Cancelled classes at Fairfield are not frequent occurrences, but when they happen they create more than a mess in a student’s schedule. They also create problems for adjunct professors and problems for smaller academic programs.

Classes are cancelled when the minimum of 10 enrolled students is not met. The number of cancelled classes varies from semester to semester and it is the prerogative of the College of Arts and Sciences to cancel low-enrollment classes.

“When a class size gets below 10 students, one can be sure that the student interest in the course is minimal,” said Dr. Timothy Snyder, dean of the College of Arts and Sciences.

If a class is cancelled, then the effect on the full time faculty is minimal. They will still receive the same amount of pay and will often be assigned an introduction class to teach in replacement of their cancelled class.

For students, however, it is not so easy to adapt to a cancelled class. Registration and scheduling can be tricky, regardless, and is complicated by abrupt changes.

“I tried to take a 300-level religion, and by the time the registrar let me know that it was cancelled, it was the middle of finals week. Nearly all the other classes were full, and it was a really stressful time of year to have to deal with redoing my schedule,” said Liz Burns ’06.

Snyder said, “We do all possible to find classes that fit our students’s needs.”

Professor Jan-Piet Knijff, a professor in the music department, pointed out the difficulties of the situation.

“Having their course cancelled at the last moment would have meant that all the students enrolled needed to find an alternative course to ‘fill up their schedule,’ which I don’t think is so easy,” Knijff said.

Knijff also mentioned that if introductory courses are cancelled due to low enrollment, like his own Musical Theory II course, then it creates problems for the students because it delays them from taking advanced courses. It also could jeopardize graduation if a required course is cancelled the last semester a student has to take it.

It creates an even bigger problem for adjunct professors, since full time professors who have had a class cancelled will possibly get the adjunct’s class.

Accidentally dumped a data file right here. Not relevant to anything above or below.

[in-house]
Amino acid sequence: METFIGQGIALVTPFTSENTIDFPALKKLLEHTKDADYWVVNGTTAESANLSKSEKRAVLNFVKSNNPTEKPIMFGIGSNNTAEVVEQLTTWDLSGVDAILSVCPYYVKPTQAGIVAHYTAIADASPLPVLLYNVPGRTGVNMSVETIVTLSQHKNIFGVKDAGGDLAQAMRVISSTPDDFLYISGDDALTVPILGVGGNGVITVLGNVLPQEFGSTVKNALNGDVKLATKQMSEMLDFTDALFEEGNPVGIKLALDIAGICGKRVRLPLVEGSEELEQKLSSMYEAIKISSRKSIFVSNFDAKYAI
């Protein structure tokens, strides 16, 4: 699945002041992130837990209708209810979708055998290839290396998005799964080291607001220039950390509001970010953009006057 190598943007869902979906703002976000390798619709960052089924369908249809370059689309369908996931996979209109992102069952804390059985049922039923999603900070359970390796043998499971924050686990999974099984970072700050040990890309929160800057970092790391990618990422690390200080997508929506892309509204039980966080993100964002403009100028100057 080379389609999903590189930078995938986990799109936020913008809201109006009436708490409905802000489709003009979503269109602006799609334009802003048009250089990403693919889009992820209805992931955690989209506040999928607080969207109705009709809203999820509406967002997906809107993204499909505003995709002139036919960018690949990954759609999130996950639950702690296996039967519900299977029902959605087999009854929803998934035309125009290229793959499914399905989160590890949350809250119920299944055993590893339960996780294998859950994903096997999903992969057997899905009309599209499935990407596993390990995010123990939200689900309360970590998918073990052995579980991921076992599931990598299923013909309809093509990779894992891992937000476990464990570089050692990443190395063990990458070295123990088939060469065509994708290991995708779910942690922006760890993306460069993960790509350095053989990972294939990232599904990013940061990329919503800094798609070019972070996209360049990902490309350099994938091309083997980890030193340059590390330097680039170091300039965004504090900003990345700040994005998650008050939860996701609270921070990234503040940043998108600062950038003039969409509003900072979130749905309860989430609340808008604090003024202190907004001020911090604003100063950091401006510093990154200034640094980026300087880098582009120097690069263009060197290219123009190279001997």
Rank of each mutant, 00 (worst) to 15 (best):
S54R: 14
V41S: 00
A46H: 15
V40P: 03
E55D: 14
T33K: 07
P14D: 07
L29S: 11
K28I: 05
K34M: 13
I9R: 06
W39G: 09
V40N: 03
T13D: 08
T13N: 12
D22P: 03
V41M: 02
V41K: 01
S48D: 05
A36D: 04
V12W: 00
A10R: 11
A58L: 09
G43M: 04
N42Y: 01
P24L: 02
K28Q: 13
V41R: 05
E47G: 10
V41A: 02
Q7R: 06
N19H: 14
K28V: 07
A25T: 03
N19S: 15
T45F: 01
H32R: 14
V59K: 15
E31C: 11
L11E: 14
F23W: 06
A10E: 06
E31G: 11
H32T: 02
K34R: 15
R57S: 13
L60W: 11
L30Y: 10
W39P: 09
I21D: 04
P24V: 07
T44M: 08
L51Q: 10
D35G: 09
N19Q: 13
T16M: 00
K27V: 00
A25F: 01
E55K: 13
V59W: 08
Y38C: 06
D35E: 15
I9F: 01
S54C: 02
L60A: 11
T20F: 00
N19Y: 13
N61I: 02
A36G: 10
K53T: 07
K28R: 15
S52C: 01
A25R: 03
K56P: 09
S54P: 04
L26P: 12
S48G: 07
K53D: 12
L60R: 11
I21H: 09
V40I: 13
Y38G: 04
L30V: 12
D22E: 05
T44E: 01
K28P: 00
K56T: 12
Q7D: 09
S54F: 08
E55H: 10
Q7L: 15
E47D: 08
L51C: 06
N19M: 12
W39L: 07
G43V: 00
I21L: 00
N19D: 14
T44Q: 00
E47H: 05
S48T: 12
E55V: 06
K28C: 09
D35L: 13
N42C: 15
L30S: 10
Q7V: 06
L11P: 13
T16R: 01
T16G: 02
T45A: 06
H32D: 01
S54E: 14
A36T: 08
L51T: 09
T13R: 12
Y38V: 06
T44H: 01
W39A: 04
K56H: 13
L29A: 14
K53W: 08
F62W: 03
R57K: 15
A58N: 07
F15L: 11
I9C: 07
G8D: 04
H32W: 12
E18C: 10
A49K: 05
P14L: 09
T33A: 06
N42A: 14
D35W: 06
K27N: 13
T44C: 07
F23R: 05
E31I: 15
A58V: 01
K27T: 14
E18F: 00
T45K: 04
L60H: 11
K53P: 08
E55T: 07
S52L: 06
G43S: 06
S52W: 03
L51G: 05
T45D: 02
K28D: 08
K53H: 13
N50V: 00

“We do this [cancel classes] in order to decrease the number of adjunct faculty we use and to increase contact between our full-time faculty and our students,” said Snyder. “The more courses we run with small numbers of students, the more temporary outside hires we will have to make.”

From an adjunct’s perspective this creates problems.

“Income loss and the possible need to find other work at short notice is of course the least problem, but it’s a little inconvenient nonetheless,” said Knijff.

For small academic programs the threat of cancelled classes is also of concern.

“The system requiring a minimum of students for a class to be taught is reasonable, but in certain cases the limit needs to be lower than 10,” said Knijff.

These certain cases apply directly to smaller programs and the classes in those programs that routinely attract only a small number of students.

“We hold the rule with some firmness,” said Snyder. “Often, we have a solid argument concerning the value of a given course, but we cannot get into a situation in which faculty or students have to negotiate their way into the course schedule. So, to keep it fair, we keep it uniform. We do weaken the rule, on occasion, for three programs that are experiencing enrollment concerns that we hope to fix in the near future.”

Snyder did not list the programs that were exempted, but stated that the exemptions were temporary with the hope that they would no longer be needed in the future.

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